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Tragic Ending for Rising African StarCopyright © 2001The Scotsman, 2001
The South African jazz scene suffered a tragic loss with the news that one of its most promising artists, the pianist, composer and record producer Moses Taiwa Molelekwa, had been found hanged next to the body of his wife and manager, Florence Mtoba, who had apparently been strangled. She had also been a prominent figure in South African music circles. Their bodies were found in her office. They leave an eight-year-old son, Zoe.
Although only 27, Molelekwa was already regarded as a major figure in South African music. He was born in the Tembia township outside Johannesburg. His father and grandfather were musicians, and he was introduced to the music of John Coltrane, Thelonious Monk and Miles Davis early in life. He started playing guitar and keyboard at home, then studied piano at the Federated Union of Black Arts Academy.
He graduated in 1987, by which time he was already performing in Kippies nightclub in Johannesburg, where he accompanied well-known artists, including singer Miriam Makeba. He joined Hugh Masekelas band in 1988, and led two groups of his own, Brotherhood and Umbongo, in the early 1990s.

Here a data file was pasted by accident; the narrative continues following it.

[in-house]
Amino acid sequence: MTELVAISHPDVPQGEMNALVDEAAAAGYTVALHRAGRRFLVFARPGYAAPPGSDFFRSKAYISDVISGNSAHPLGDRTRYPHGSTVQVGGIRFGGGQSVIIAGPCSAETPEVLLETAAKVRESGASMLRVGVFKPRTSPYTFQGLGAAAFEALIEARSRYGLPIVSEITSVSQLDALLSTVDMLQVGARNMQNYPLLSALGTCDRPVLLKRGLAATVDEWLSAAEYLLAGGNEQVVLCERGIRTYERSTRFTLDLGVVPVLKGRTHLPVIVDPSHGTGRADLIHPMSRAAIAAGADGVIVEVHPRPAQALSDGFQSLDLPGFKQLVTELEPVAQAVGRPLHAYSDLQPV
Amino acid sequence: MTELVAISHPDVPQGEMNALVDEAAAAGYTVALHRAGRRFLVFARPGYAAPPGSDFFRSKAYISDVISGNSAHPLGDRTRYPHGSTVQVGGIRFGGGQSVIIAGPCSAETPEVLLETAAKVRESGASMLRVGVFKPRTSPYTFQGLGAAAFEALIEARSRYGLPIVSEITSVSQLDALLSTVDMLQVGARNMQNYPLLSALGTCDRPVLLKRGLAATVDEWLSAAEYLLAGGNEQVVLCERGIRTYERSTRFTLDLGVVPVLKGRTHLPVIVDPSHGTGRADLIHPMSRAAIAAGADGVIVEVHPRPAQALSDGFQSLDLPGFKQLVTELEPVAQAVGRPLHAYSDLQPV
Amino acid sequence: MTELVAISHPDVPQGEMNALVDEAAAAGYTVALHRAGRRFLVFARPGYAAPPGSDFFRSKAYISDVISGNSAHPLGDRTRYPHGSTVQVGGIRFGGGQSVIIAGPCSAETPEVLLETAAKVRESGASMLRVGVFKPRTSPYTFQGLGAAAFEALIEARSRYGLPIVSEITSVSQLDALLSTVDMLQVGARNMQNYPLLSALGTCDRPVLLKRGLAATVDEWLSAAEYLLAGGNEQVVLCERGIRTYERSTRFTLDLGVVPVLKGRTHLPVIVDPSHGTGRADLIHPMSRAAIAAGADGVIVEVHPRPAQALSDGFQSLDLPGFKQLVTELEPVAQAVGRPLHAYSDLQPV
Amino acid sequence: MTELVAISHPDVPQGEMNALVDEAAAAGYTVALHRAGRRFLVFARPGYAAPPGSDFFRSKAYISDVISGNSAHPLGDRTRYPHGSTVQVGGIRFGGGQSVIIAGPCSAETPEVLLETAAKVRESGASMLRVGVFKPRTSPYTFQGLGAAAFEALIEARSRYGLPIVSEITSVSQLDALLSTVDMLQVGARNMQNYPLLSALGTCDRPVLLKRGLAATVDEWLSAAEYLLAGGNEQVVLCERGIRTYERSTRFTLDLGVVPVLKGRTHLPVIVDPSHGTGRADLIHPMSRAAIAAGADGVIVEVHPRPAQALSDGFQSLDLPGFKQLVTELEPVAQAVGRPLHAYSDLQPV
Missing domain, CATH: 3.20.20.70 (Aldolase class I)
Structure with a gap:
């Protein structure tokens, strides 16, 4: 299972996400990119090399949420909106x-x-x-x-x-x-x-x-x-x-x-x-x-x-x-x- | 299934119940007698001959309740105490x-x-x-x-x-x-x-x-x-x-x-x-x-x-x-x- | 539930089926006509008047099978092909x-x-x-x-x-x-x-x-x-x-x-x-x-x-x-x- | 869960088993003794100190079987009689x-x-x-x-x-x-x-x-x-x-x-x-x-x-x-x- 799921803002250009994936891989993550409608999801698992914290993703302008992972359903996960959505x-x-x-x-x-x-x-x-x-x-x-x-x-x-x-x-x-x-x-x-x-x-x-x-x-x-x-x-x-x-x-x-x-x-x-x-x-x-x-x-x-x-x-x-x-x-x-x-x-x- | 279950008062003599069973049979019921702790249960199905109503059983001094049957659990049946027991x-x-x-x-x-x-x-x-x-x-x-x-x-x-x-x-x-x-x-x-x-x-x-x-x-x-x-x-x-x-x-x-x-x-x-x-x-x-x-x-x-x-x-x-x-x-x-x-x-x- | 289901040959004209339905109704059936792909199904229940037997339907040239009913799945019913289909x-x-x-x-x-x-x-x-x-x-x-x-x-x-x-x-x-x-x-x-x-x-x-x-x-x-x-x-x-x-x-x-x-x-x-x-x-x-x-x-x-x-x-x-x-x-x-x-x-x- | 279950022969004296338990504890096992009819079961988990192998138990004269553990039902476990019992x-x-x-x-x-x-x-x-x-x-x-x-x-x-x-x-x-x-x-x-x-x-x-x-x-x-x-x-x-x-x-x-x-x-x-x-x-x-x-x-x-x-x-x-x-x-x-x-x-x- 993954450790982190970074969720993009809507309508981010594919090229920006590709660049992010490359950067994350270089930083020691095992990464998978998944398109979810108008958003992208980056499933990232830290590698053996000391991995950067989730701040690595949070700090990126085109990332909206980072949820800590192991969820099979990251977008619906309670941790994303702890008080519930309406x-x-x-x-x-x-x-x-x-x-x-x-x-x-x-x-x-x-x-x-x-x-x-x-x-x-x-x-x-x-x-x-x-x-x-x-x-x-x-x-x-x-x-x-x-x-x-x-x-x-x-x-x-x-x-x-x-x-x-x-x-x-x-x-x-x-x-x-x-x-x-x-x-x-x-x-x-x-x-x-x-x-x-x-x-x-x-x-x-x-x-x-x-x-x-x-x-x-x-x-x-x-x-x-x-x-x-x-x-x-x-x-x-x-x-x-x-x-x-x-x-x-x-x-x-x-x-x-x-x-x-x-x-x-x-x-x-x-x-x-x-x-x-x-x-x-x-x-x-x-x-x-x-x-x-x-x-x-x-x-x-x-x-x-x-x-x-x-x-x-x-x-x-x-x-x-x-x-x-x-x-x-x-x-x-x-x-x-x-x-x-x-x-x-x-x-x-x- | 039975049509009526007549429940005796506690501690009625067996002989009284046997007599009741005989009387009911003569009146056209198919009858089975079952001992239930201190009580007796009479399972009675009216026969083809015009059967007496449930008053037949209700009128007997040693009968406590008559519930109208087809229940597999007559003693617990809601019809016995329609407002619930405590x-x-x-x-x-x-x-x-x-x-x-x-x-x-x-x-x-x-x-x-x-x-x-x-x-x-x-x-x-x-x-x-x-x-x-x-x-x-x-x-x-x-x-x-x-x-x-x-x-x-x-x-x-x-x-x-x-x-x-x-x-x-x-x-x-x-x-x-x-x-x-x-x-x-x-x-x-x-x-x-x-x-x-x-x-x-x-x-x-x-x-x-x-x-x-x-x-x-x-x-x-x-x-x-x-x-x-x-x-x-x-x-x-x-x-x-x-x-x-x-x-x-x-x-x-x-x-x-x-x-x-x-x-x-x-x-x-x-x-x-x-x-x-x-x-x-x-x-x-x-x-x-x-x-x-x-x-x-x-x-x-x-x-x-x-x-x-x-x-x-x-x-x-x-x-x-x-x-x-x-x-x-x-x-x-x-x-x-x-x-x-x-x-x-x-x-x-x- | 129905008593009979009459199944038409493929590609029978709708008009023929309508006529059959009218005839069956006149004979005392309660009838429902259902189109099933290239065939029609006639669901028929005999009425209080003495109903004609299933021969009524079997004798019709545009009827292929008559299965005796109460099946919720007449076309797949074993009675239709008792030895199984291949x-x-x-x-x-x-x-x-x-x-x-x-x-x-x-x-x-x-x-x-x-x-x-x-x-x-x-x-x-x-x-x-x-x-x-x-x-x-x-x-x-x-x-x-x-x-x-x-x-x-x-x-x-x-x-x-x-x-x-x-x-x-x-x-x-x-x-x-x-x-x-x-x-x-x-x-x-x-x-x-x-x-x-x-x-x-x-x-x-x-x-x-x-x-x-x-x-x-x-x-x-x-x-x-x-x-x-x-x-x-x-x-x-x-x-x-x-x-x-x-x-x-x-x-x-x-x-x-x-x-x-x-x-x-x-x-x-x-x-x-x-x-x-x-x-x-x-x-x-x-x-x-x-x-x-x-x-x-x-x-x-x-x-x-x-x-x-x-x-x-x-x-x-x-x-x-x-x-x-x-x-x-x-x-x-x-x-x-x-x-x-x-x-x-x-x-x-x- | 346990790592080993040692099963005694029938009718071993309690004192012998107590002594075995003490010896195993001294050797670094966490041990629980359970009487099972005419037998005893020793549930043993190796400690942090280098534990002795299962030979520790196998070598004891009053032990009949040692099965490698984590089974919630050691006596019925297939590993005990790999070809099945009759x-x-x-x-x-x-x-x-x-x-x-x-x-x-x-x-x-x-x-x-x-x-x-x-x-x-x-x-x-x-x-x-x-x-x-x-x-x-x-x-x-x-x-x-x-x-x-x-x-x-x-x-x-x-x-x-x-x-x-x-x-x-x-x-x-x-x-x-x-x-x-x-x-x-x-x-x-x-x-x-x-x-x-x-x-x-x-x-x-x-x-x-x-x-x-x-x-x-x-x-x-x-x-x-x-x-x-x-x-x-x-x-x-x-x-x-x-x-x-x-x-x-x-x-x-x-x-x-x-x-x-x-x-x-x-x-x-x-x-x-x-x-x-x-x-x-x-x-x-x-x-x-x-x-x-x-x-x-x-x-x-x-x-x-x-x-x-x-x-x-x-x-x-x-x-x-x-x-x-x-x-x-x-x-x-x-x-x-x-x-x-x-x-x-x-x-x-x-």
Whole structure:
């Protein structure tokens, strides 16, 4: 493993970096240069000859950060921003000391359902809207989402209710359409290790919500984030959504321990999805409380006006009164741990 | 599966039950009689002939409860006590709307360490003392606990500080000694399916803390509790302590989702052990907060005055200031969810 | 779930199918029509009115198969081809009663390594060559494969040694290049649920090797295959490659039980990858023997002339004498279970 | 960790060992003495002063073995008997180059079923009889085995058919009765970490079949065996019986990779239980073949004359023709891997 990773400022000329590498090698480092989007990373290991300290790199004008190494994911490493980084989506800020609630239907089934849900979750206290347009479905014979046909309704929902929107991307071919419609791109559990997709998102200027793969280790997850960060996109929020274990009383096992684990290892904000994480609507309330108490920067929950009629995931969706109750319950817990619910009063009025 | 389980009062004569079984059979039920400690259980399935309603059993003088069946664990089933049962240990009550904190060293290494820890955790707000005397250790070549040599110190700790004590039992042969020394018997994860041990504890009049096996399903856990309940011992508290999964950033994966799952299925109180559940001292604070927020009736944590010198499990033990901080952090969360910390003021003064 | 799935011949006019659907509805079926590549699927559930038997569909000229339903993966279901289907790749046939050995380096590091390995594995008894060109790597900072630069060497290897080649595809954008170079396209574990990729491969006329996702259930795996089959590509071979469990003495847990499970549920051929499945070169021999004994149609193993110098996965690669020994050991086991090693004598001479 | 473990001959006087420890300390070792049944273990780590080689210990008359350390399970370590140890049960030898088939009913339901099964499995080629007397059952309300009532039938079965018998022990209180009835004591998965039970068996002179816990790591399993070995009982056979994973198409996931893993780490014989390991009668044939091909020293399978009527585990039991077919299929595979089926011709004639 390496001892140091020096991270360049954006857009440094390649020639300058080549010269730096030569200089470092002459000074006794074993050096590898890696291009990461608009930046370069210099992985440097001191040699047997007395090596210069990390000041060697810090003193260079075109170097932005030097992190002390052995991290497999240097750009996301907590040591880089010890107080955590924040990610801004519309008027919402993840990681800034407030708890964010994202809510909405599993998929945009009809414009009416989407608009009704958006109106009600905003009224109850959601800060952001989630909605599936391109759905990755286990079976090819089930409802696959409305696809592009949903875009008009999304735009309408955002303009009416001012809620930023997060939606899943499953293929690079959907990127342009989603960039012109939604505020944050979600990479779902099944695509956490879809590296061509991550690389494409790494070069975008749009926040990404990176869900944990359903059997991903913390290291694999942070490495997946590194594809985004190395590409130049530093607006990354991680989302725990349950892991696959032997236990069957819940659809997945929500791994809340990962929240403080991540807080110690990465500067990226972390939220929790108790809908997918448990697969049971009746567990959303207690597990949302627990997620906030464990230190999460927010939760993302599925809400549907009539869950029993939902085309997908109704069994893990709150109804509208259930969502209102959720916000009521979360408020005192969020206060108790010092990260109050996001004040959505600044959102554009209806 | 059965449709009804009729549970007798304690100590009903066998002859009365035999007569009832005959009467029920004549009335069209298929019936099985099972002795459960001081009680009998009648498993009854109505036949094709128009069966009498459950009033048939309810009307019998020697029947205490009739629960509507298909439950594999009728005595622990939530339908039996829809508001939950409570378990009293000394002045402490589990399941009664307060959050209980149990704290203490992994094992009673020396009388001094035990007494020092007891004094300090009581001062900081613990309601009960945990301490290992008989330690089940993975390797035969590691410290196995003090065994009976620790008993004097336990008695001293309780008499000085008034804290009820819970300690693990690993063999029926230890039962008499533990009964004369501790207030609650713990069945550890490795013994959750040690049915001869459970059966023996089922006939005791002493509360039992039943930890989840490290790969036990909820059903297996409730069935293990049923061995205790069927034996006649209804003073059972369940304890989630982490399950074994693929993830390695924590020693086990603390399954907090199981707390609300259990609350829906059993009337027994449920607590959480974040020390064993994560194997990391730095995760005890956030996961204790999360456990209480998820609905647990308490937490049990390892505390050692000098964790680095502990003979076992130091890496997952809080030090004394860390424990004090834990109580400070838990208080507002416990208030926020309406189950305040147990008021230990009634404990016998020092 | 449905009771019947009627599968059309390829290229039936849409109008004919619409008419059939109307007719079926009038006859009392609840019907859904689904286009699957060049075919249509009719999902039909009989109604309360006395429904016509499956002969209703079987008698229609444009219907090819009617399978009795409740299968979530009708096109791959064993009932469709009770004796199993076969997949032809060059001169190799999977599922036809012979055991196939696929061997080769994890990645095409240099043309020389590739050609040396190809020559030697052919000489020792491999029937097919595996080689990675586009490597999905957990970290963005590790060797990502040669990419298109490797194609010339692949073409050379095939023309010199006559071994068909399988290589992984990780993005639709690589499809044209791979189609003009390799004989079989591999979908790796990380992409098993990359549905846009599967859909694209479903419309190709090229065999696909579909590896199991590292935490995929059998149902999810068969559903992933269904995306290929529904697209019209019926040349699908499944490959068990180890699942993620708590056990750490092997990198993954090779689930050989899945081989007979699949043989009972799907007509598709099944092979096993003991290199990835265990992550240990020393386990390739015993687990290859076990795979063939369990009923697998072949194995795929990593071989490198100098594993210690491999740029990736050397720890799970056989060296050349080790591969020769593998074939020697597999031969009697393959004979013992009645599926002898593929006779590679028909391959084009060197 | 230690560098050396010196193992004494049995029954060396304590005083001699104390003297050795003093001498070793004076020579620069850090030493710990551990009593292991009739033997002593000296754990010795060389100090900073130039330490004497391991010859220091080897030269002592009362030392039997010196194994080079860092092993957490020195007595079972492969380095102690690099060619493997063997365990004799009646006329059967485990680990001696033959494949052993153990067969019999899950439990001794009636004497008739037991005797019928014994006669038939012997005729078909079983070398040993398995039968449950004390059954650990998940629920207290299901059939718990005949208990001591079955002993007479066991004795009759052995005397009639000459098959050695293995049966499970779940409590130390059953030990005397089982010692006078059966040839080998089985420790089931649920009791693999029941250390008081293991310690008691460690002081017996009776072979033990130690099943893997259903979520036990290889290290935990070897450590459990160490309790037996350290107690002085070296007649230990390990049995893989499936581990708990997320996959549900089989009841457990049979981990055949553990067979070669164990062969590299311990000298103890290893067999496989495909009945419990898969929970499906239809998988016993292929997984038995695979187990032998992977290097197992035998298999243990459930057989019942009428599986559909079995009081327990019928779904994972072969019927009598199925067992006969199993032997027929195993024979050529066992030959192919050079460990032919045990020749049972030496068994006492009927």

In the course of the decade, he evolved an exciting fusion of African and western idioms, drawing on both both traditional and contemporary influences. The two albums he released on Robert Trunzs progressive Melt 2000 label, Finding Ones Self (1995) and Genes And Spirits (1997), won awards in his homeland, and were hailed in the west as emblematic of the new spirit emerging in indigenous music in South Africa.
The earlier recording was a direct extension of the South African jazz tradition, while the second deliberately aimed at a more eclectic reach, and featured several guest stars, including Brazilian singer Flora Purim and Cuban pianist Chucho Valdes.
His music was well-received in the west, and he played in Europe, including consecutive appearances at the massive North Sea Jazz Festival in Holland. He toured Britain in 2000 with pianist Joanna MacGregor, and was just beginning to make inroads in the USA. A third album, this time of solo piano music, was virtually complete at his death.
He was also active as a record producer in South Africa, and was involved with the more commercially-oriented kwaito scene, a new urban fusion music which melds garage, ragga and hip-hop with the feel of township jive. He produced albums for artists like Sibongie Khumalo and TKZee, the biggest selling kwaito group. Colleagues reportedly said that he had been over-working in recent times, and his marriage was known to be under strain.